can't tell you which I like best. The concrete looks nicer but the paving is
more cost effective. New Albany, IN area.
Good luck Lyndell
Agreed - What??????? In our town the guys who poured the sidewalks often
impressed symbols and the year of pouring. In front of my house is
"1918" and others nearby are "1912". I've never seen anyone out there
doing anything other than pressure washing the mold and moss off after
our rainy winters. These walks look great and certainly don't appear to
have suffered from neglect.
Sorry if I misled you all here. I was talking about exposed aggregate in
Southern In. If you don't coat it with CURE-N-SEAL or equivalent.......you
will walk out one morning and have a gravel drive.;-). They load the roads
down with salt for the two or three big snows we get and it all falls off
the vehicle onto the drive. Forget about washing said vehicle cuz I am on
call 24 hours and it will get dirty again in a few hours. I like some of the
rest did not know the whereabouts of the OP.
Cheers, Wish him/her the best of luck
wrote in message
Thanks for the reminder that my egocentricity got the best of me in my
reply as well. They don't use salt in my part of Oregon - mainly because
we don't get much if any snow - gravel as traction device but no salt. I
can certainly see the shortened longevity to concrete when salt is used
I did an asphalt drive in Colorado about 5 years ago and the asphalt was
well below what concrete would have cost me.
Another asphalt advantage for the climate there was the heat generated
by the asphalt on a sunny day. This helped melt snow faster.
It does need to be sealed in 6 mo. to a year though which will prolong
At least that is what the asphalt guy told me. The cost at that time
and place was $50 per foot for a 100 foot drive.
Compared to concrete, black top is dirt cheap.
If you lay concrete, you need to provide some compacted fill to insure
drainage, at leat 6" of concrete complete with mesh (Looks like fencing).
If done right, the concrete is good for at least 20 years, pick a number
for the black top.
How long to you plan to live there?
Lots of broken driveways, walkways and patios in the Bay Area, many within
20 years. Combination of poor workmanship and cheap material, expansive soil
and earthquakes. I've also seen concrete cracked within couple of days due
to contractor cutting too many corners.
Now if we had those Roman contractors our driveways would still be in good
condition after 2,000 years.
That comment was based on living far too many years in the "rust belt",
AKA: Northern Ohio.
You would be amazed what road salt, brought in by a vehicle, can do to a
concrete driveway, especially if you leave your car outside for the winter.
No idea where the OP lives. That makes a difference.
In areas with seismic issues, or expansive soils, or drainage issues, or
tree roots, or other such conditions, even the best concrete work _may_
have to be redone. The economics of '25 years down the road' are pretty
meaningless in some cases.
Put in what you want to live with, and can afford. Be happy.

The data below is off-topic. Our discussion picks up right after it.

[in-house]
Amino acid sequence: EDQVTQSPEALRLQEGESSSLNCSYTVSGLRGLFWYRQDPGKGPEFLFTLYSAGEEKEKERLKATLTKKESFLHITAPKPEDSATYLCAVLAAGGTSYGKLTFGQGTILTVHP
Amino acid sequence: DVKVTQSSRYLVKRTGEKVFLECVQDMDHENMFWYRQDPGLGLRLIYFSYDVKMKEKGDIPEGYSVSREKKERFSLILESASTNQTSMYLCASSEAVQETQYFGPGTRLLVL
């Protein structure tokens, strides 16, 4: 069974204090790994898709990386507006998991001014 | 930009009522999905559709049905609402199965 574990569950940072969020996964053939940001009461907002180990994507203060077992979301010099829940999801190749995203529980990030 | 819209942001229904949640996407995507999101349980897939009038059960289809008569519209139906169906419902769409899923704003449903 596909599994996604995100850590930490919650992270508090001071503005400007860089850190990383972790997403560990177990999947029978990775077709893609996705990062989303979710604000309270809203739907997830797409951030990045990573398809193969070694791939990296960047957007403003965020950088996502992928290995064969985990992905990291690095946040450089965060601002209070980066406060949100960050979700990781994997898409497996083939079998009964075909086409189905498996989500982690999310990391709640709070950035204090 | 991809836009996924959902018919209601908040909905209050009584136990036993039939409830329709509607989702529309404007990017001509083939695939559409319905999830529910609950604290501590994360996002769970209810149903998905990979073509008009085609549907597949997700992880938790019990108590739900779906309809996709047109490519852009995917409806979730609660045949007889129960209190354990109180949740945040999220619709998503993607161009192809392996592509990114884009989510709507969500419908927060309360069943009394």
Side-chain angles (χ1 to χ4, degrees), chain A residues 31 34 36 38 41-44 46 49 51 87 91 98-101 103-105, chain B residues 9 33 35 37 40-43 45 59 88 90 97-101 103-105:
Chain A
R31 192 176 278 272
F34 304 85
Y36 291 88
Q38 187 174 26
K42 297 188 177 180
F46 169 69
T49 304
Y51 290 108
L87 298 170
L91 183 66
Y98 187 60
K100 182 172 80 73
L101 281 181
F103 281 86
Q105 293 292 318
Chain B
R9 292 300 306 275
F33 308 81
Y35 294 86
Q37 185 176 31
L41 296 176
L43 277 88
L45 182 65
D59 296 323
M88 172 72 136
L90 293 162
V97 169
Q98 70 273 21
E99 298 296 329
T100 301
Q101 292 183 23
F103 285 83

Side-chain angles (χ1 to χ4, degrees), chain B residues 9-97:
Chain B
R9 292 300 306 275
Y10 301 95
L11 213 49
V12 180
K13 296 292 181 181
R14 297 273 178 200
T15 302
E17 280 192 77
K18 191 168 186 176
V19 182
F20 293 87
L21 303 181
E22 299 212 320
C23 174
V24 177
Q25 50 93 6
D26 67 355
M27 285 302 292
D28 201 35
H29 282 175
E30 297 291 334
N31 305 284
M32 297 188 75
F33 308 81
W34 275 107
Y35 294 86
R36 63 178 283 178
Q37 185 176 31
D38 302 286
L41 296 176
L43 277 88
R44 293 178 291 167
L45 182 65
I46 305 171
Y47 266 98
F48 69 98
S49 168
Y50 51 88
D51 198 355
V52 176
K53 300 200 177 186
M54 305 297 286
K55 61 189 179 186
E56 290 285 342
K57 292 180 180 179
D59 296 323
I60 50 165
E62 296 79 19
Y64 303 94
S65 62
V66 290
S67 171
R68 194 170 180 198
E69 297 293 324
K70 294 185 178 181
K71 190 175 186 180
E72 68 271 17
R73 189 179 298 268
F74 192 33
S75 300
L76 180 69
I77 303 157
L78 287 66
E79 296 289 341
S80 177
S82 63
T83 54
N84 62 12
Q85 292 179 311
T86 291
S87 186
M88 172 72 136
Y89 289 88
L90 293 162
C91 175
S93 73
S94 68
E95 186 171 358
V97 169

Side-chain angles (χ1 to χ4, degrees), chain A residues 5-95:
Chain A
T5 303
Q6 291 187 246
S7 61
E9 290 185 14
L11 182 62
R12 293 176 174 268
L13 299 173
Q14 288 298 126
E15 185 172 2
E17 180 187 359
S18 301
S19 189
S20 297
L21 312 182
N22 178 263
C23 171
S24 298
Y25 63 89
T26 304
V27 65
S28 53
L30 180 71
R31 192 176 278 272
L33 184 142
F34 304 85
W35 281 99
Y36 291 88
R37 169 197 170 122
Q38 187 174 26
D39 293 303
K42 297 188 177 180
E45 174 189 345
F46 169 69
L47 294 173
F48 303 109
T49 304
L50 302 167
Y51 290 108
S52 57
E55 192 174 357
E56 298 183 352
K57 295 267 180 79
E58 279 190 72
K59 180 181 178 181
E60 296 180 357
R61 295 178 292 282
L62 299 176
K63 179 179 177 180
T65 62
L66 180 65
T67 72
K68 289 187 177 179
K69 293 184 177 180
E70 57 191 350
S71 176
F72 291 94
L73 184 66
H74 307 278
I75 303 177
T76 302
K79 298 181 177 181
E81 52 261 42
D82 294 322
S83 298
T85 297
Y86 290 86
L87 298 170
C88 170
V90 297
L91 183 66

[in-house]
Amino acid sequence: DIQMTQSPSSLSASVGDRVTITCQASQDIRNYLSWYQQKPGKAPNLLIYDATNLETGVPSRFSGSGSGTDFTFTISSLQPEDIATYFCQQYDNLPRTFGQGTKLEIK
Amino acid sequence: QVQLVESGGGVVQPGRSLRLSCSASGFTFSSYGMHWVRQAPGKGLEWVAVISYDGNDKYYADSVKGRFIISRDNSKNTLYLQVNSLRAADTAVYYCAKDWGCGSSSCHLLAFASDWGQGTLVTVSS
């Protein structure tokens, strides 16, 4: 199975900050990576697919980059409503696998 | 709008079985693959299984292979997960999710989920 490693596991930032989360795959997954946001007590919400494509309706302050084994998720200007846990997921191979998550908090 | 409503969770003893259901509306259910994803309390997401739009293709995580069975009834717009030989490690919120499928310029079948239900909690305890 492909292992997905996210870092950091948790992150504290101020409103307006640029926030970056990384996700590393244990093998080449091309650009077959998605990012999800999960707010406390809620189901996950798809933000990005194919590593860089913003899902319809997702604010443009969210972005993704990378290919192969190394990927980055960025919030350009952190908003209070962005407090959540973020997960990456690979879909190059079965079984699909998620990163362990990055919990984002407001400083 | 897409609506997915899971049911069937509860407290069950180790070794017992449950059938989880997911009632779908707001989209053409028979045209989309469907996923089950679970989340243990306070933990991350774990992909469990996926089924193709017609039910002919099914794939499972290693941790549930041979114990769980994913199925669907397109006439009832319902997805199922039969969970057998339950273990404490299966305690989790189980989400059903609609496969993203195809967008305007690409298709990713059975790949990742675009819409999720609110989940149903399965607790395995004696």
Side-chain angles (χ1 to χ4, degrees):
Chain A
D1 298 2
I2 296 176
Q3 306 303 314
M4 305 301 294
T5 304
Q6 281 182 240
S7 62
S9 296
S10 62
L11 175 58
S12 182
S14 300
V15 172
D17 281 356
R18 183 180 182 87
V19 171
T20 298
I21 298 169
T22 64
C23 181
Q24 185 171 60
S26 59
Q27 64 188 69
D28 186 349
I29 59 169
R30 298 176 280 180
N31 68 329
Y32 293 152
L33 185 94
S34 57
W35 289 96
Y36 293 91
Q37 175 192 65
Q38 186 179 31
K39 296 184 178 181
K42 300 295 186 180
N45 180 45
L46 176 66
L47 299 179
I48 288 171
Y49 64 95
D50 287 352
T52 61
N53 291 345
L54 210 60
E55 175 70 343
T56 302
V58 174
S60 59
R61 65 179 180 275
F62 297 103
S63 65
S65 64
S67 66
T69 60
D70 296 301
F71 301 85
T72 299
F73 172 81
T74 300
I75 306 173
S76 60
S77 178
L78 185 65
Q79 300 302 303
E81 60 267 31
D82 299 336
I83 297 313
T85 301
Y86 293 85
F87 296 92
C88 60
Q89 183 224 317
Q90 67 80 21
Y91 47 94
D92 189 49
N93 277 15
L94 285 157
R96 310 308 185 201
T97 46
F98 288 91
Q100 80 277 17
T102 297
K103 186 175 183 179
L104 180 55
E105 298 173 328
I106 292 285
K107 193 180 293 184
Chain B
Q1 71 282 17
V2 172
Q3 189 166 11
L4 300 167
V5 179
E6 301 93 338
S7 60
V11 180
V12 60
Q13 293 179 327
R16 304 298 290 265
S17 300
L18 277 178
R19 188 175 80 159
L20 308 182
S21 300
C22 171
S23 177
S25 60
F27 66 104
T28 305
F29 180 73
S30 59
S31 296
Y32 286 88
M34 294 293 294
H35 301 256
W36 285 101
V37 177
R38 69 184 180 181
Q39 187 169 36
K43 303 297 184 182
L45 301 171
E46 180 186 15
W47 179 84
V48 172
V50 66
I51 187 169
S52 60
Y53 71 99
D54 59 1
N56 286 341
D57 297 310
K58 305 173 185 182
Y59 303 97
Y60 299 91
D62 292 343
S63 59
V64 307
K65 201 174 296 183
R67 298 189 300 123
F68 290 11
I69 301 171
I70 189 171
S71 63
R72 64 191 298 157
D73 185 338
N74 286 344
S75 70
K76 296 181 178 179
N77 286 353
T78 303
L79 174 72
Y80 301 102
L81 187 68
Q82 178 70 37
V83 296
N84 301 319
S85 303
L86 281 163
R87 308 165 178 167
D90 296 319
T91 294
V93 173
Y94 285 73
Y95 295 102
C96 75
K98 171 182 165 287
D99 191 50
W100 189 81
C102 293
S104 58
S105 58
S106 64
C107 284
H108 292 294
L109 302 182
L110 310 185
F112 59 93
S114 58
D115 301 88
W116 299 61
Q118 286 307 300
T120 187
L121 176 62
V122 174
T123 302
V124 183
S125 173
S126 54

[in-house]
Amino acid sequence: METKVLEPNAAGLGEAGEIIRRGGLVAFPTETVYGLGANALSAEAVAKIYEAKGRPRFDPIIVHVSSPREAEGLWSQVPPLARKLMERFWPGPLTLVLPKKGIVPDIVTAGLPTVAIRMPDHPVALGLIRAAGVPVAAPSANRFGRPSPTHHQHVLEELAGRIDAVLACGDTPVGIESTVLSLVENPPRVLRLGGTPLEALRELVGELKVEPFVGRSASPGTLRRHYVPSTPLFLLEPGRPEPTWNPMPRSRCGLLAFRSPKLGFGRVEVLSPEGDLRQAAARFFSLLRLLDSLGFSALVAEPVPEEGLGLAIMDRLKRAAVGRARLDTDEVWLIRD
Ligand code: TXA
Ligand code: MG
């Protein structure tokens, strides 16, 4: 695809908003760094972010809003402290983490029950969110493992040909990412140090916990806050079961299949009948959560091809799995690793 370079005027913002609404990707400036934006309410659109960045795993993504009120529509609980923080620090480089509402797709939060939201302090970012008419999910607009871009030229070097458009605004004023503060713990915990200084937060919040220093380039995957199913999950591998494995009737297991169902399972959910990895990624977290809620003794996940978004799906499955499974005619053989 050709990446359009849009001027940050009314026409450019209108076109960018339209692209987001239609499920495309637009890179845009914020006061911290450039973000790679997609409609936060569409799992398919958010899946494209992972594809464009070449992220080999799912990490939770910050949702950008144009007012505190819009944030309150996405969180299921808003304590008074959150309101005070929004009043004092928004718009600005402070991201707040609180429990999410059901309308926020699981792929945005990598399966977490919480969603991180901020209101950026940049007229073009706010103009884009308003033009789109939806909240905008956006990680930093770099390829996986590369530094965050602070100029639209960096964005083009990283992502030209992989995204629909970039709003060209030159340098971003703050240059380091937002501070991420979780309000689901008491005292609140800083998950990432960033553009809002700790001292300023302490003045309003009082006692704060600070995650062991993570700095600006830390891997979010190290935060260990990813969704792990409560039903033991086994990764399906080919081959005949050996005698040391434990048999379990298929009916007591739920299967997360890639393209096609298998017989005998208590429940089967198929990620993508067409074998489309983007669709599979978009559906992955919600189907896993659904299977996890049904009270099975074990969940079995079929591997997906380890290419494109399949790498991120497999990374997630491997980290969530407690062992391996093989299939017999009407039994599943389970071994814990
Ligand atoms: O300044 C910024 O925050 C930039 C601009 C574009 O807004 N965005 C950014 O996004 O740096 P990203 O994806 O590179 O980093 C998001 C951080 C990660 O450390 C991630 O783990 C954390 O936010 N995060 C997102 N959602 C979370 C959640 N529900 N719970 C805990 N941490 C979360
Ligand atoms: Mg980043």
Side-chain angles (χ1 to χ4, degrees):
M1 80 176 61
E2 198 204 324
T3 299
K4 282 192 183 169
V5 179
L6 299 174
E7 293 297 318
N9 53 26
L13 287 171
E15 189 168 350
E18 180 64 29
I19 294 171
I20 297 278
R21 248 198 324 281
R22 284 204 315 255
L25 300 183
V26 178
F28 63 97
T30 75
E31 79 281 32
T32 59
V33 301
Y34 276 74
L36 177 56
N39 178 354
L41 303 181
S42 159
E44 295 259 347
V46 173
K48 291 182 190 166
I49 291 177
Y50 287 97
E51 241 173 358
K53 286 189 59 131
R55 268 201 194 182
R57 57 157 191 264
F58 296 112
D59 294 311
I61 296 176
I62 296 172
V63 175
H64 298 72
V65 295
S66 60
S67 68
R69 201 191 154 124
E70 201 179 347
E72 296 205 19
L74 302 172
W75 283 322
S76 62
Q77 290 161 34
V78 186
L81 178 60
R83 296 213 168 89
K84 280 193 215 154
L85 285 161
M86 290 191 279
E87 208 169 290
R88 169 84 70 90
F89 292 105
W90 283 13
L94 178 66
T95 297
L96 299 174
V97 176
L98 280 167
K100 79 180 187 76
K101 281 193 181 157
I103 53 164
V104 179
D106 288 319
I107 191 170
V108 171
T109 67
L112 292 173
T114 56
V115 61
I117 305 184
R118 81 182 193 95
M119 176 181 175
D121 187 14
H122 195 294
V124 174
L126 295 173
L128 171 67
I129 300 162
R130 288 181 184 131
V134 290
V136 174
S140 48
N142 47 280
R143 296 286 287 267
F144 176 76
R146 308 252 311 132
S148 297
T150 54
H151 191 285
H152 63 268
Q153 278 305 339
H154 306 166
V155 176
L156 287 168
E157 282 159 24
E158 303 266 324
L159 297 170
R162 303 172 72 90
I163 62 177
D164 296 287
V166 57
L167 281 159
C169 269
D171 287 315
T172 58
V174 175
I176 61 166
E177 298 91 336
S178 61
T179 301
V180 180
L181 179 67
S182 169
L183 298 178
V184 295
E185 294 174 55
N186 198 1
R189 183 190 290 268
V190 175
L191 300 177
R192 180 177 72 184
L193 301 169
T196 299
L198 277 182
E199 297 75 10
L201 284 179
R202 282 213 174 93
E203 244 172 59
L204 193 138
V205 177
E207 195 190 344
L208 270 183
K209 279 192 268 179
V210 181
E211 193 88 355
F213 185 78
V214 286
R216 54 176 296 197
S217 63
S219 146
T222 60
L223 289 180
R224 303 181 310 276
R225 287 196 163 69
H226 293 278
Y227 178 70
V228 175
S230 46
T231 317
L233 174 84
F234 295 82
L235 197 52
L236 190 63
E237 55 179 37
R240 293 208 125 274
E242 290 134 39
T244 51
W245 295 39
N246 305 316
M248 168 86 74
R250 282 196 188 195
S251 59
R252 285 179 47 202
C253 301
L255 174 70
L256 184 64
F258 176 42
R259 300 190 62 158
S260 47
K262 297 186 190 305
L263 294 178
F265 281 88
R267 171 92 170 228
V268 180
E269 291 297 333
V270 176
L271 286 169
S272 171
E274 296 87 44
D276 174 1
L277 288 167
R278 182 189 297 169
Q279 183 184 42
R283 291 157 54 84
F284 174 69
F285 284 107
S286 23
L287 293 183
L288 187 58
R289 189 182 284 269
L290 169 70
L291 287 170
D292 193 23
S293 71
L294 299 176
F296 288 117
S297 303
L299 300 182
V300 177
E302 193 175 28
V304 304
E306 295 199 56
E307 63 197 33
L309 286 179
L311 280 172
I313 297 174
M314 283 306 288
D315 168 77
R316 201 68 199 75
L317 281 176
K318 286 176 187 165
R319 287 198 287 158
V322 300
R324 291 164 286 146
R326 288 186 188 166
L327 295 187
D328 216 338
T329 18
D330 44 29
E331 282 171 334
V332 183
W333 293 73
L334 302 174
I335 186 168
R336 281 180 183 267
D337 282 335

owner of a paver driveway & patios.
Thankyou... the voice of sanity. I'm no expert but as resident of the 45th
parallel, climate makes all the difference in expected lifespan of either
type of driveway. I can't think of a single home in my community with a
concrete driveway. I *have to* attibute that to the harsh climate.
(with the notable exception of an airforce base down the road, but the DOD
can probably spring for 14" thick runway)
I just don't think you can answer the OP's question without factoring in
wrote in message
It'd be a *WRONG* attribution, though. :)
In virtually any climate, *properly*installed* portland cement concrete will
'significantly' outlast properly installed 'blacktop' (technically "asphaltic
Portland cement *IS* significantly more expensive than asphalt. The 'materials
cost' difference is much less than it used to be (general run-up of 'petroleum'
prices); but portland cement still requires: (a) much more time and care in
preparing the material, (b) more complex transport, (c) more, and more skilled,
labor in installation/finishing. All of which translate directly into higher
costs. There's also the issue of the delay between installation and '_fully_
ready to use' -- weeks for concrete, vs hours (at most), for asphalt.
The "lifetime" of portland cement is more dependent on 'proper installation'.
You can 'cut corners' further on an asphalt install, than you can on
portland cement, and still get something that is usable "for a few years".
You have try _really_ hard to get an asphalt install that won't be usable for
2-3 years. But "any idiot" can botch a portland cement job such that it
barely survives the first year.
The single _biggest_ factor that works against asphalt is *heat*. In cooler
climates, heat-related 'problems' do not manifest themselves to anywhere near
the degree that bedevils asphalt in warmer climes.
Thus, the "inferior" product may be "good enough" for that environment,
especially when one takes into consideration the *cost* difference between
"good enough", and 'doing it right'.
It's not that asphalt is 'better' than portland cement in a colder climate (it
is =not=) but that portland cement is not perceived to be "enough better" to
justify the higher cost. If your 'planning horizon' is say, 15020 years, does
the fact that a portland cement install will last for 100+ years, vs. asphalt
at a life of maybe 20-25 years, *really* make any difference? Either one will
last "longer than you care to think about." -- when whichever one you used
fails, it will be "somebody else's" problem. :)
Answering "which is best?" is easy. <grin>
Answering "which is 'good enough' for my needs?" is an entirely different
issue. And depends on a *lot* of things -- climate, geology and soil
conditions, topography, anticipated loading, frequency of use, required
'useful life', and a whole bunch more.